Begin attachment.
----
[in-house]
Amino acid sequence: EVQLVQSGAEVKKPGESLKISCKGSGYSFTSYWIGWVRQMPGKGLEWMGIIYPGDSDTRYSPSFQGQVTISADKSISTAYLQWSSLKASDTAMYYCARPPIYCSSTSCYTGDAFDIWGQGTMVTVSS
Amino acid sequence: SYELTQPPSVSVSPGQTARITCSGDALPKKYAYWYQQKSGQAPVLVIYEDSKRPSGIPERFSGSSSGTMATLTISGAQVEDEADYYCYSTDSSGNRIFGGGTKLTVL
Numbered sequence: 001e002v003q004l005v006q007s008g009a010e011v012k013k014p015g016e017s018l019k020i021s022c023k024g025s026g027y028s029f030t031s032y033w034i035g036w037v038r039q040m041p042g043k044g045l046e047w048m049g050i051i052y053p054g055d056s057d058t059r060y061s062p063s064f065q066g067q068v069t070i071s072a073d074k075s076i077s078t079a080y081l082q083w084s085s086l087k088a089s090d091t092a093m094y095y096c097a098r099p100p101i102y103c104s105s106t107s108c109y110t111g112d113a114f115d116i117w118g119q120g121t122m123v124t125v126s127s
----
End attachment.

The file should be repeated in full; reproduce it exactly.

[in-house]
Amino acid sequence: EVQLVQSGAEVKKPGESLKISCKGSGYSFTSYWIGWVRQMPGKGLEWMGIIYPGDSDTRYSPSFQGQVTISADKSISTAYLQWSSLKASDTAMYYCARPPIYCSSTSCYTGDAFDIWGQGTMVTVSS
Amino acid sequence: SYELTQPPSVSVSPGQTARITCSGDALPKKYAYWYQQKSGQAPVLVIYEDSKRPSGIPERFSGSSSGTMATLTISGAQVEDEADYYCYSTDSSGNRIFGGGTKLTVL
Numbered sequence: 001e002v003q004l005v006q007s008g009a010e011v012k013k014p015g016e017s018l019k020i021s022c023k024g025s026g027y028s029f030t031s032y033w034i035g036w037v038r039q040m041p042g043k044g045l046e047w048m049g050i051i052y053p054g055d056s057d058t059r060y061s062p063s064f065q066g067q068v069t070i071s072a073d074k075s076i077s078t079a080y081l082q083w084s085s086l087k088a089s090d091t092a093m094y095y096c097a098r099p100p101i102y103c104s105s106t107s108c109y110t111g112d113a114f115d116i117w118g119q120g121t122m123v124t125v126s127s